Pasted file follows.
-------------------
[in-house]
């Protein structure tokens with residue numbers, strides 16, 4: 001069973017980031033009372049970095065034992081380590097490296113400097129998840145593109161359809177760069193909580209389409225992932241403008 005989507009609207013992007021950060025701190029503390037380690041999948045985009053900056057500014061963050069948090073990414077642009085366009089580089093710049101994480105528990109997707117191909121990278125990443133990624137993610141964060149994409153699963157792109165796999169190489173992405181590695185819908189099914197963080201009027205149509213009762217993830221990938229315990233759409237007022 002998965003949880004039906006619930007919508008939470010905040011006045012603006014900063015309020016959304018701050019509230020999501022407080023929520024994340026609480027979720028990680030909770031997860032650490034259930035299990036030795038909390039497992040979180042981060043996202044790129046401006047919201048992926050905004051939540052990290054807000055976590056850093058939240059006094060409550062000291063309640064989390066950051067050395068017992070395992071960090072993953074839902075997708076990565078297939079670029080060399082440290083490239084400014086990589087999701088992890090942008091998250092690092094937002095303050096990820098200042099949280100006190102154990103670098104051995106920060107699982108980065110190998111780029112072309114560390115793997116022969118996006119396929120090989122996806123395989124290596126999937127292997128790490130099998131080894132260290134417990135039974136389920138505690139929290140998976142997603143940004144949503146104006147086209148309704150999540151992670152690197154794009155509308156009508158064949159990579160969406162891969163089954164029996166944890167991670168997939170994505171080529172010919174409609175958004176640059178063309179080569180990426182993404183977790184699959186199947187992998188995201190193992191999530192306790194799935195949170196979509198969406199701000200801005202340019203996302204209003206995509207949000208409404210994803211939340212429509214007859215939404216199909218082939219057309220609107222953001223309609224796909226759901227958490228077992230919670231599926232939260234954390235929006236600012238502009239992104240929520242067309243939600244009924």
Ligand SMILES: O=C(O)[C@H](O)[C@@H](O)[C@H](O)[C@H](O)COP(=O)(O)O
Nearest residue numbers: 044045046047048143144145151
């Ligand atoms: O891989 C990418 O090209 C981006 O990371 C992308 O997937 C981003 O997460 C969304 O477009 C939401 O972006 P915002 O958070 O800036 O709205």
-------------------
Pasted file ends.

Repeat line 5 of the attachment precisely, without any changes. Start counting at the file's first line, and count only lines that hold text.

């Ligand atoms: O891989 C990418 O090209 C981006 O990371 C992308 O997937 C981003 O997460 C969304 O477009 C939401 O972006 P915002 O958070 O800036 O709205």